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Aug 2, 2011
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Wine With . . . Cuban Steak

by Paul Lukacs and Marguerite Thomas

The thing that sets Cuban steak apart from the wide world of rubs, marinades and the other enhancements a simple steak may get is mojo sauce. Pronounced mo-ho, this sauce’s citrus base provides a deliciously simple way to make steak taste refreshing rather than heavy.

Authentic mojo is based on sour Seville oranges, but since these are generally hard to come by in the U.S., increasing the ratio of lime to orange juice helps add more tartness. Homesick Cubanos often buy bottled mojo, but we like the exhilarating flash of fresh citrus so much that we haven’t sought it out and prefer to make our own. Numerous mojo recipes include fresh cilantro, but since it is not, apparently, a tradition in Cuba, we leave it out. And many recipes call for cooking the sauce before marinating the meat, but to emphasize the tang of citric acidity, we heat the sauce separately once the meat goes on the grill.

Cuban Steak

(serves four)

For the mojo marinade & sauce:

½ cup fresh lime juice (about 2 limes)

¼ cup fresh-squeezed orange juice (a half to a whole orange)

½ cup olive oil

3 cloves garlic, finely minced (or processed in a garlic press)

½ teaspoon salt

1 teaspoon dried oregano

1 teaspoon cumin

freshly ground black pepper

2 pounds lean steak such as skirt steak, flank steak or hangar steak

Whisk together all the marinade ingredients. Place the steaks in a bowl or re-sealable plastic bag. Add the marinade, making sure all surfaces of the meat are covered. Let marinate in the refrigerator 1-3 hours.

Prepare a charcoal or gas grill. Remove the meat from the marinade. Sear it for a minute or two on each side over direct heat; then move it over indirect heat to finish cooking. Meanwhile, pour the marinade into a small saucepan and bring it to the boil. Simmer it for one or two minutes, then remove from heat, taste for seasoning (adding more salt if necessary), and let the sauce come to room temperature.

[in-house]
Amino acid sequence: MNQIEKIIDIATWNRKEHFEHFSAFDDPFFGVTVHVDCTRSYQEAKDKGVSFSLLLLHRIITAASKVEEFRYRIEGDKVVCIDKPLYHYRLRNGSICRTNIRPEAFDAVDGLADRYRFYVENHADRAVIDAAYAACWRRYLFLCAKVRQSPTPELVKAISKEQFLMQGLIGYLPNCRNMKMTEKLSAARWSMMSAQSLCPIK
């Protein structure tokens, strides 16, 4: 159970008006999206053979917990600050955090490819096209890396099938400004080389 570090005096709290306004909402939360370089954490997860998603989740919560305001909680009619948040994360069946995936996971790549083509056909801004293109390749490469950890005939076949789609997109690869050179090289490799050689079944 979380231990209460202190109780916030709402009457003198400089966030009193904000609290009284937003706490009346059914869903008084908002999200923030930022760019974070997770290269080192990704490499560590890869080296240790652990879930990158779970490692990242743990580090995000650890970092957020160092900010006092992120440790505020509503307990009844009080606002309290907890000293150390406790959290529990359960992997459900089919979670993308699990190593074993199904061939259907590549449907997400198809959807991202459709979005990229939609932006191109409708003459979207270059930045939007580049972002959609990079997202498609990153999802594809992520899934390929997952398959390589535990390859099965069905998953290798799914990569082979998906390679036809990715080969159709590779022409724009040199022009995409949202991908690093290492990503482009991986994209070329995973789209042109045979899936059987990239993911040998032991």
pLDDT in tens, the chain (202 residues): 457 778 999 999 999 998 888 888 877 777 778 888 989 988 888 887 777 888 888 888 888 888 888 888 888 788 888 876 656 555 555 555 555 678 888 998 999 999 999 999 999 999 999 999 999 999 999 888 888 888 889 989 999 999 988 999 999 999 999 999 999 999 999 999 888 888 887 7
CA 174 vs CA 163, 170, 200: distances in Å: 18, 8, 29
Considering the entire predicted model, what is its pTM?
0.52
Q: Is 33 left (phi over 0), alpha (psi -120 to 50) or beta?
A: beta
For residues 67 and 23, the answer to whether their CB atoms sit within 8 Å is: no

To serve, slice the steaks about an inch thick on the diagonal, and spoon a little of the sauce over the pieces, passing the rest of the sauce at the table.

* * *

We sampled twelve different red wines with our Cuban steak. Pretty much all of them performed well, but we did regret not trying a couple of whites as well The citrus in the mojo is quite pronounced, and a full-bodied white just might surprise. We, however, didn’t think of it beforehand, and had no chilled white wine on hand. Alas . . .

The best reds with this dish fell into two categories. Some were bright and fruity, echoing the basic flavor profile of the mojo, while others had a drier, more earthy quality that served as a contrast or foil. We enjoyed both types equally well. This in fact turned out to be a quite adaptable dish, which is in itself another reason to fire up the grill and give it a try.


Approx. Price


Dry Creek Vineyard, Sonoma County (California) Zinfandel “Heritage” 2009


This spicy Zin is not at all hot or heavy, so actually seemed to lighten the steak. The combination proved especially lively.

Jorian Hill, Santa Ynez Valley (California) Syrah “Estate Grown” 2008


A very impressive Syrah, with plum and berry flavors and a delightfully long finish, this wine echoed the fruity character of the mojo. It does not have similar flavors, but it does exhibit a similar sort of style.

Perrin & Fils, Côtes du Rhône Villages (France) Cairanne “Peyre Blanche” 2009
(Imported by Vineyard Brands)


One of the earthy wines that performed well, this is a peppery Côtes du Rhône with aromas and flavors that echo dried herbs and savory spice. Unlike the more fruit-forward wines, it seemed to deepen the dish.

Soto de Torres, Rioja (Spain) Rioja “Ibéricos” 2008

(Imported by Dreyfus Ashby)


Another winner in the dry, earthy style, this Rioja has a decidedly dusty finish which provided a tasty, interesting contrast to the exuberantly fruity mojo.

Spice Route, Swartland (South Africa) “Chakalaka”2009

(Imported by Vineyard Brands)


A Rhône-style blend, this wine nonetheless tastes quite ripe, with flashy, fleshy fruit in the fore, and only faint hints of pepper and spice in the background. It seems almost juicy, and that succulent character is precisely what made it such a good partner for Cuban steak.